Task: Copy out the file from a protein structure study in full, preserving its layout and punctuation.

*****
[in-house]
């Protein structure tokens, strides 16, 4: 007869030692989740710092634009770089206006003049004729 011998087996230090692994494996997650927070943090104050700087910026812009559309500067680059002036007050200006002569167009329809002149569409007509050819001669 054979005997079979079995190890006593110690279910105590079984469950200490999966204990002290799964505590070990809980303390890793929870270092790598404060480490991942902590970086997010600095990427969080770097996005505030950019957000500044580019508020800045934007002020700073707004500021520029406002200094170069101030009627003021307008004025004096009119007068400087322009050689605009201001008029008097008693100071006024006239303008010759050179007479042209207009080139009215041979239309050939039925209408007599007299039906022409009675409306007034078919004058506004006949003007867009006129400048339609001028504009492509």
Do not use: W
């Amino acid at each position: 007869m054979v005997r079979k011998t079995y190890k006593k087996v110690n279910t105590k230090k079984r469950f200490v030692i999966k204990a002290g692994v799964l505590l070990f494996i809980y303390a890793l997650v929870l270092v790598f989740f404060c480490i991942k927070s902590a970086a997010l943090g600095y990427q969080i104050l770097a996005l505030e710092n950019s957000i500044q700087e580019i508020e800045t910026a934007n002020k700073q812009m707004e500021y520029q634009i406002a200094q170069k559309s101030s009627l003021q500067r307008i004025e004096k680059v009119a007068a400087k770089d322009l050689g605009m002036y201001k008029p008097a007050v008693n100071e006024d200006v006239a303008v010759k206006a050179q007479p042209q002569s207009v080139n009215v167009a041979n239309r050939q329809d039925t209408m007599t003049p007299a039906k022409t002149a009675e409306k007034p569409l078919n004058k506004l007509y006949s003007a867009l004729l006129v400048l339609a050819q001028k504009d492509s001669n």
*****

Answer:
[in-house]
């Protein structure tokens, strides 16, 4: 007869030692989740710092634009770089206006003049004729 011998087996230090692994494996997650927070943090104050700087910026812009559309500067680059002036007050200006002569167009329809002149569409007509050819001669 054979005997079979079995190890006593110690279910105590079984469950200490999966204990002290799964505590070990809980303390890793929870270092790598404060480490991942902590970086997010600095990427969080770097996005505030950019957000500044580019508020800045934007002020700073707004500021520029406002200094170069101030009627003021307008004025004096009119007068400087322009050689605009201001008029008097008693100071006024006239303008010759050179007479042209207009080139009215041979239309050939039925209408007599007299039906022409009675409306007034078919004058506004006949003007867009006129400048339609001028504009492509």
Do not use: W
């Amino acid at each position: 007869m054979v005997r079979k011998t079995y190890k006593k087996v110690n279910t105590k230090k079984r469950f200490v030692i999966k204990a002290g692994v799964l505590l070990f494996i809980y303390a890793l997650v929870l270092v790598f989740f404060c480490i991942k927070s902590a970086a997010l943090g600095y990427q969080i104050l770097a996005l505030e710092n950019s957000i500044q700087e580019i508020e800045t910026a934007n002020k700073q812009m707004e500021y520029q634009i406002a200094q170069k559309s101030s009627l003021q500067r307008i004025e004096k680059v009119a007068a400087k770089d322009l050689g605009m002036y201001k008029p008097a007050v008693n100071e006024d200006v006239a303008v010759k206006a050179q007479p042209q002569s207009v080139n009215v167009a041979n239309r050939q329809d039925t209408m007599t003049p007299a039906k022409t002149a009675e409306k007034p569409l078919n004058k506004l007509y006949s003007a867009l004729l006129v400048l339609a050819q001028k504009d492509s001669n």